The invitation finds me unprepared. To speak of “masterpieces” in the 21st Century – the century stating that “the next big thing will be a lot of small things” – is an embarrassing task. I immediately thought of writing about one of those many magnificent projects, perhaps a Japanese one, in which architecture expands itself and becomes something else, leaving space and room for air, nature, and the indeterminate. On the other hand, though, the invitation made me think and ask myself: what is a masterpiece, today?
I clearly feel that architecture is shifting further and further away from the real world. Niche projects that are more and more exclusive, major architectural interventions that are more and more intolerable, deep as a fake news, and have the environmental impact of all post-war reconstruction… here’s what! I like to think that architecture is useful. Not that a beautiful and impeccably proportioned but functionless shed is useless; of course it is useful. Nonetheless, I wanted to find something big, relevant, and impactful; something that wasn’t clearly located on either side of the divide between architects and “people”…
My masterpiece is the new bridge by Renzo Piano for Genoa.
Many have said that the previous Morandi Bridge was a masterpiece, and indeed it was in its own way, a masterpiece of its time: technique, innovation, the iconic and monumental strength of concrete, the gateway to the city, etc… All these features were perfectly embodied in that “object of wonder”.
Piano’s bridge is moderate, somber, minimal. The space between the pillars is as small as possible, the pillar surface touching the ground is as small as possible, elongated in ellipse shape so as to visually slip away. Its wonder was that of its construction time, as it was halved by splitting the construction sites between prefabricated naval-type steelwork – transported to site by sea – and actual concrete work made on site. However, the bridge, physically, apart from a certain harmony in proportions, is no particular wonder. It is made not to be looked at, but as something to look from.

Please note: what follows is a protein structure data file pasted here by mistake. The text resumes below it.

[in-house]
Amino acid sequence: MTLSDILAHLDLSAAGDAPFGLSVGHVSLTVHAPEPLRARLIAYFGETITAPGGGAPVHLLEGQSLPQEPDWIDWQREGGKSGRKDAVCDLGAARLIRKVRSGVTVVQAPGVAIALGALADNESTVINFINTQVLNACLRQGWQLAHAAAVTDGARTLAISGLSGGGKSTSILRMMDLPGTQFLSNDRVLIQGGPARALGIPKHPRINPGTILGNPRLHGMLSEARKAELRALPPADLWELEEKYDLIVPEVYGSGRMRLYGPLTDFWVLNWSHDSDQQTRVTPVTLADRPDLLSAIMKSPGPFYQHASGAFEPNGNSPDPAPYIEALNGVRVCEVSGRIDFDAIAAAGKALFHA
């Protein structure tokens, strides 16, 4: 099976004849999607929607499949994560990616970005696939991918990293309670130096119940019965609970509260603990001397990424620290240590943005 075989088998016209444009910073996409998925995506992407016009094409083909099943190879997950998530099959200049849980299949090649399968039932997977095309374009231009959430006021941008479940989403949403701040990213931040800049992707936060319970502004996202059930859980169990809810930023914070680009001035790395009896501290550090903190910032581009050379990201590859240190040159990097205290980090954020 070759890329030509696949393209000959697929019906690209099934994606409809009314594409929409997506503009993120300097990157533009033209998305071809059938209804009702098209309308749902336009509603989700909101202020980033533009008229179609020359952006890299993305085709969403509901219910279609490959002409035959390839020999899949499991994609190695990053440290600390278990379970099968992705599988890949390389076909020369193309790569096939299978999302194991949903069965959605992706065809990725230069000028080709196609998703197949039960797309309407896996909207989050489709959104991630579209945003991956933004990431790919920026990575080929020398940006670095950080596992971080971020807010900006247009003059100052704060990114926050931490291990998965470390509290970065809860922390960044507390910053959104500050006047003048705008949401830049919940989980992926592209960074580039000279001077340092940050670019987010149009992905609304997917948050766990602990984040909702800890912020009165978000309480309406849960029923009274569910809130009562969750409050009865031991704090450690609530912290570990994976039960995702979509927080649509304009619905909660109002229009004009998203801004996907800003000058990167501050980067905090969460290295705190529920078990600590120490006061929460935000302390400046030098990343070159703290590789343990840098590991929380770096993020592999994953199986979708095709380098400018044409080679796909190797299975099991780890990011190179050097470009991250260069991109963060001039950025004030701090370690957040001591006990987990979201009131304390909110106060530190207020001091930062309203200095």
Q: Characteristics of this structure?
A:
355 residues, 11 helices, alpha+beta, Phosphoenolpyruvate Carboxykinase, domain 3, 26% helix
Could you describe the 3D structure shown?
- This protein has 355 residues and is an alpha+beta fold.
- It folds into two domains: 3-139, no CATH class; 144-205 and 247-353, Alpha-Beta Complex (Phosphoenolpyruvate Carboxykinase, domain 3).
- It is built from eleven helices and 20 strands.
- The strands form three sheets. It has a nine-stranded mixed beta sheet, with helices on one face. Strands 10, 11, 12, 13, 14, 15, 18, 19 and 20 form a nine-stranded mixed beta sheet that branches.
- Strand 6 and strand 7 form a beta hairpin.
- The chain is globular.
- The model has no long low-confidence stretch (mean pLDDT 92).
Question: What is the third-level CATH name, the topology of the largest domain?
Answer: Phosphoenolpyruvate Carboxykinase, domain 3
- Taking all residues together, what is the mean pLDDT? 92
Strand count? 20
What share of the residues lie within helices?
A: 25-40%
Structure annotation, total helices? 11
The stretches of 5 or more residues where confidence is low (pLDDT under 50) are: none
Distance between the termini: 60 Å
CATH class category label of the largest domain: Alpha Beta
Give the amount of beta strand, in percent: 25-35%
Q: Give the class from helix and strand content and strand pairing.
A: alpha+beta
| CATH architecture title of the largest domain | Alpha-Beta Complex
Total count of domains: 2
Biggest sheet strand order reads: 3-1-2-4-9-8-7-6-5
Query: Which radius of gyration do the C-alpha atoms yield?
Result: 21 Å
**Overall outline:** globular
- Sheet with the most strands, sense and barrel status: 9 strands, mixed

While crossing the bridge by car, reaching toward the valley, your gaze moves past the glass partitions, freely following the Polcevera river toward the sea and the Apennines.
Below the bridge, while walking along the rough edges of the Polcevera or along the river of train tracks and uncultivated land that stand on the other side, beyond the Certosa district, you begin to feel a grounding and rooting reconciliation with the earth. The bridge communicates with the soil and serves as a prelude to a park: one of those moderately iconic and very symbiotic parks, a slice of restored scenery, a third combed landscape or portion of the countryside.
This is what the bridge tells us.
When I visited the construction site, the people from Genoa were still shaken by the August 2018 collapse. I was looking down from the Coronata district and a lady started to tell me about the tragedy. Then she looked on together with me. Down south, the sea sparkled under the rays of the sun, and in front of us the Fort-filled hills outlined e heroic profile, marked by Modern daring urbanizations. Beneath us, the construction site developed, quietly, in its first hoisted, slender, white, and sharp scaffoldings. The lady looked on beside me, took a break, and then said: “You know what? I’ll lower my voice because it scares me a little to say it, but after the bridge collapsed we realized that there is a valley down there”.
Authors: Renzo Piano Building Workshop
Place: Genoa, Italy
Photographs: Nina Bassoli
Nina Bassoli is an architect and curator, graduated at Politecnico di Milano, PhD at Architecture University of Venice IUAV, she holds the research grant (AR) Architecture in the Age of Display and teaches Interior and Exhibit Design at the Free University of Bolzano. She published articles and essays in several international magazines and catalogues and the book “STEM procedure. Post Earthquake Regeneration Strategies” with Franco Tagliabue. Since 2008 she is member of the editorial staff of “Lotus international”.